Cambridge Digital Money Dashboard

What Are the Biggest Stablecoin Innovations?

In recent years, digital currencies have been all the rave. However, the idea that digital assets are exclusively some form of currency is slowly falling by the wayside as different use cases are emerging and being rapidly adopted. This May, The Fintech Times is looking to showcase some of these new methods and explore how the digital asset ecosystem is evolving.

Cryptocurrencies offer a myriad of benefits for cross-border transactions. The lack of fees to transport money abroad massively sets it apart from traditional money movement platforms. However, crypto’s volatility often means transferring money this way can be risky, as by the time the recipient gets the funds, they may be worth less. This is where a stablecoin can step in.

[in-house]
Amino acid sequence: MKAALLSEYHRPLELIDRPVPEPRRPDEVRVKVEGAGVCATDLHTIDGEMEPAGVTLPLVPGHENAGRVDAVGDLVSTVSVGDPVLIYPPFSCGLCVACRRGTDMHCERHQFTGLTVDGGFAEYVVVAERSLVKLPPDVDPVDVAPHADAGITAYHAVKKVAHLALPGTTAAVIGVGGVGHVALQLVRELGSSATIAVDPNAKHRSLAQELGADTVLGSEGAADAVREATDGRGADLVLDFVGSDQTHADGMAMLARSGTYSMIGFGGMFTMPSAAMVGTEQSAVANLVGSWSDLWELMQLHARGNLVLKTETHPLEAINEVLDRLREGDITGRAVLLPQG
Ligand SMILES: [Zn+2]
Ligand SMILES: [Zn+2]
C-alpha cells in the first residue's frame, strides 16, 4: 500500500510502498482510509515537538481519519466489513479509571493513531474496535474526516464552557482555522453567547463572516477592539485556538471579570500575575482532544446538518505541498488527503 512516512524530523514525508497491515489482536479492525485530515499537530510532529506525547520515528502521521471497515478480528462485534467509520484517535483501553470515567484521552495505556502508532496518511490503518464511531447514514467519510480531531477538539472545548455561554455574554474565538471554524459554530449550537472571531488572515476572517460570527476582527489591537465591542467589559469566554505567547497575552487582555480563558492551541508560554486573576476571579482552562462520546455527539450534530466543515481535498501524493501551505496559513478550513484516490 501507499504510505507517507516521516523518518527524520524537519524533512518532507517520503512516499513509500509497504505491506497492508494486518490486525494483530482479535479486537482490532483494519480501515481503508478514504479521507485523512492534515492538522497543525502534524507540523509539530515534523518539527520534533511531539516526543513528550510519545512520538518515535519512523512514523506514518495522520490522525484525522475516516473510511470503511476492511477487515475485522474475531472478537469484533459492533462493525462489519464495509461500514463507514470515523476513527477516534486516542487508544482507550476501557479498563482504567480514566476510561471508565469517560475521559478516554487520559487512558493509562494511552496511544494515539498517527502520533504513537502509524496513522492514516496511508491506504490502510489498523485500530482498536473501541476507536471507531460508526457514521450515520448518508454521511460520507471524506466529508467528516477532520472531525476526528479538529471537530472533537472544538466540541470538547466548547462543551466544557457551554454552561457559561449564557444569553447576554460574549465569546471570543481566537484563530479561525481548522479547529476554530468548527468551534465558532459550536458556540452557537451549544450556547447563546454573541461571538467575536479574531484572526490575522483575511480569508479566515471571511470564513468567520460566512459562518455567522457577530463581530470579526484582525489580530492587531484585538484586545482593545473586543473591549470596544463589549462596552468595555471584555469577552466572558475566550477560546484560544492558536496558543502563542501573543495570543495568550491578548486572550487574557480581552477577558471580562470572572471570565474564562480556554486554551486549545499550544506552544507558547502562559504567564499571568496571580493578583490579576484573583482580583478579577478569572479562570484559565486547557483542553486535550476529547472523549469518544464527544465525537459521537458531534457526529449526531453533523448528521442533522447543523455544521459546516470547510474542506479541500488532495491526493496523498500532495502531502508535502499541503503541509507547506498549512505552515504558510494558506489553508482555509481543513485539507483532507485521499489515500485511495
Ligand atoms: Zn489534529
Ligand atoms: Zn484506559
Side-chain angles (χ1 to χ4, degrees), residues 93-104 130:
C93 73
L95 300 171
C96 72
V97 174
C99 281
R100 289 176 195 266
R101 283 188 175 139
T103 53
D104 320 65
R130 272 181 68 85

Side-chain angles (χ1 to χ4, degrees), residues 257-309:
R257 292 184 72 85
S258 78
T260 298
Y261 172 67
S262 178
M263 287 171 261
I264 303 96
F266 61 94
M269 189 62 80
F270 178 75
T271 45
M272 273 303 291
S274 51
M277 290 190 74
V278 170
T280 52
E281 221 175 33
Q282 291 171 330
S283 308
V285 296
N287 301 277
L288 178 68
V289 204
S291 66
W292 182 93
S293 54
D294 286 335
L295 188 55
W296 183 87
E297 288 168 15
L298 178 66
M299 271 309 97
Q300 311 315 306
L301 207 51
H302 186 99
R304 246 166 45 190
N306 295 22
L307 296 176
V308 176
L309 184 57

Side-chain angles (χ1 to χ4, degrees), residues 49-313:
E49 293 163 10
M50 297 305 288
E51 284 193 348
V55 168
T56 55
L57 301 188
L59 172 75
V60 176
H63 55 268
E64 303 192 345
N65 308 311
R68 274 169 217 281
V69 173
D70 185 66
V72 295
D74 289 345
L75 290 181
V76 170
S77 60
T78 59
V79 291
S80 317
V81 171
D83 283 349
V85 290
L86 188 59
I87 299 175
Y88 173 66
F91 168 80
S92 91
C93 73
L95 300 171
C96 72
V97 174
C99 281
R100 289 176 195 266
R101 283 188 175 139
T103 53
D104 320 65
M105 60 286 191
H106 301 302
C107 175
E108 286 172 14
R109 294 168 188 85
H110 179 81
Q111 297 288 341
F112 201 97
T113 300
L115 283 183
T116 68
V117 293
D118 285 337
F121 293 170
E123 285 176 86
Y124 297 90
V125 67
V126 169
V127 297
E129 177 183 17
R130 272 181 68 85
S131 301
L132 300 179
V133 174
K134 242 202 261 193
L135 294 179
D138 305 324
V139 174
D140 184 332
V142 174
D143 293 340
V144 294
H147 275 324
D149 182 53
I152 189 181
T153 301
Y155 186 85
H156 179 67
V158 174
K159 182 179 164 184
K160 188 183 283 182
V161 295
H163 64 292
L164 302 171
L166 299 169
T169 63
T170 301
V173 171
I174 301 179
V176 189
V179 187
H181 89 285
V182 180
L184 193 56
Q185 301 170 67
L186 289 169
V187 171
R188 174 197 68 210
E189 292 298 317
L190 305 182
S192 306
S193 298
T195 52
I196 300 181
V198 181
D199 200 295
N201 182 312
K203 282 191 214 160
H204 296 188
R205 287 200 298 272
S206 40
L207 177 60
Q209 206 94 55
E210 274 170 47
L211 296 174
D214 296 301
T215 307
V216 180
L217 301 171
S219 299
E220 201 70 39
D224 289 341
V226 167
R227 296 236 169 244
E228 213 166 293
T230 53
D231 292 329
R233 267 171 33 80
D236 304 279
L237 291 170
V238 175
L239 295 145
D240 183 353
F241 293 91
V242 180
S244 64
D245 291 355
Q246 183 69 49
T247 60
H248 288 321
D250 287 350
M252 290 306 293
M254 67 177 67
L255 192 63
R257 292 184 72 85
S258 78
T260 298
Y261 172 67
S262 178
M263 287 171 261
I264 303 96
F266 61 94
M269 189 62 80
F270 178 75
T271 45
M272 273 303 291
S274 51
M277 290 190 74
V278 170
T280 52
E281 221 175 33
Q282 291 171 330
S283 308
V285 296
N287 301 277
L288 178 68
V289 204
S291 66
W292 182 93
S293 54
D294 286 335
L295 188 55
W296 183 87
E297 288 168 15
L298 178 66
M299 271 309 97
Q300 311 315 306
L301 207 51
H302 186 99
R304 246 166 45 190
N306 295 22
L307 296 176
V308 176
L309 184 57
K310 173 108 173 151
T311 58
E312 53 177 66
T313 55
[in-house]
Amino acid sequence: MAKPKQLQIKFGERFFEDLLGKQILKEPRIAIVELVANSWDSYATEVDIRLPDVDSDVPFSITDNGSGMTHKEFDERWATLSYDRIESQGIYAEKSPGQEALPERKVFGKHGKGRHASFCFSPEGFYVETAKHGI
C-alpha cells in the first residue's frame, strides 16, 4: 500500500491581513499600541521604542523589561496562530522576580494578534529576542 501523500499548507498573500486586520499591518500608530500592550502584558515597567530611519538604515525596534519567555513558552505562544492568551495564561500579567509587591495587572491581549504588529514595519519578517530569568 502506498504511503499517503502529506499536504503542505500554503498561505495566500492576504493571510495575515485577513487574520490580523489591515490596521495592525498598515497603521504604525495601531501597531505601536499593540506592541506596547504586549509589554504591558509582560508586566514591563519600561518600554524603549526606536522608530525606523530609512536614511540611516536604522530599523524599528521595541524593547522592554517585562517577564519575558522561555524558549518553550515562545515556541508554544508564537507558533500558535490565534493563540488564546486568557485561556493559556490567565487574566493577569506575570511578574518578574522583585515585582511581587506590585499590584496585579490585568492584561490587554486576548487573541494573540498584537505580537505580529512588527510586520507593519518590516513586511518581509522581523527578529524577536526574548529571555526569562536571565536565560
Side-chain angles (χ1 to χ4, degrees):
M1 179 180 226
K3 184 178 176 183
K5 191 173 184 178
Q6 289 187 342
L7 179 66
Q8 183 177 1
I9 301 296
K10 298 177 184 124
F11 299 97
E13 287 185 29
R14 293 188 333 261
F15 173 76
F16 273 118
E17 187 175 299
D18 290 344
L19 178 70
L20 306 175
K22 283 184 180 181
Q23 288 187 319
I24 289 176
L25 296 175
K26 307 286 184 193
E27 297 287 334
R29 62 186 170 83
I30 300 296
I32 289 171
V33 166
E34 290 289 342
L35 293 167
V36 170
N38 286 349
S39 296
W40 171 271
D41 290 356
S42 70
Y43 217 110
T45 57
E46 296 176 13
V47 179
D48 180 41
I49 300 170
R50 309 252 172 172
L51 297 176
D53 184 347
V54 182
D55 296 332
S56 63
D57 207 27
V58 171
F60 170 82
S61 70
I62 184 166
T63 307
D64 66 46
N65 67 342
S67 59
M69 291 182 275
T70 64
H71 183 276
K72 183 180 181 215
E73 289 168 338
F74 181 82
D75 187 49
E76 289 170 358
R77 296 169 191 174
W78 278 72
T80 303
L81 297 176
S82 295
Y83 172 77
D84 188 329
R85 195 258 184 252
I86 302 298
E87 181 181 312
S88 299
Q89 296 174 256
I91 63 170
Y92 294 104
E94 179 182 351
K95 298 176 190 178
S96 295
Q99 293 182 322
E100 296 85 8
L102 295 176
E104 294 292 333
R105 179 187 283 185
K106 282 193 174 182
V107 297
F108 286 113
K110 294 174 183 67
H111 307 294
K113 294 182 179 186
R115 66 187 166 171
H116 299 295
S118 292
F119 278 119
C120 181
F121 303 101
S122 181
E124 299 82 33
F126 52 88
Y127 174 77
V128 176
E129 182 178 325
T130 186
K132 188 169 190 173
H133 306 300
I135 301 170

Stablecoins are digital assets pegged to another asset – often government-issued fiat money. As such, stablecoins have the capability of utilising crypto payment avenues (which are often quick and have less fees) without running the risk of a volatile value.

Laurent Descout, CEO of Neo
Laurent Descout, CEO of Neo

Laurent Descout, CEO and co-founder of Neo, the corporate cross-border solutions provider, commented: “Stablecoins are becoming an increasingly viable payment option for goods and services in the real economy. Many see the huge potential that they could bring from bypassing the inefficient and slow processes of traditional payments to the increased security, recordkeeping and transparency.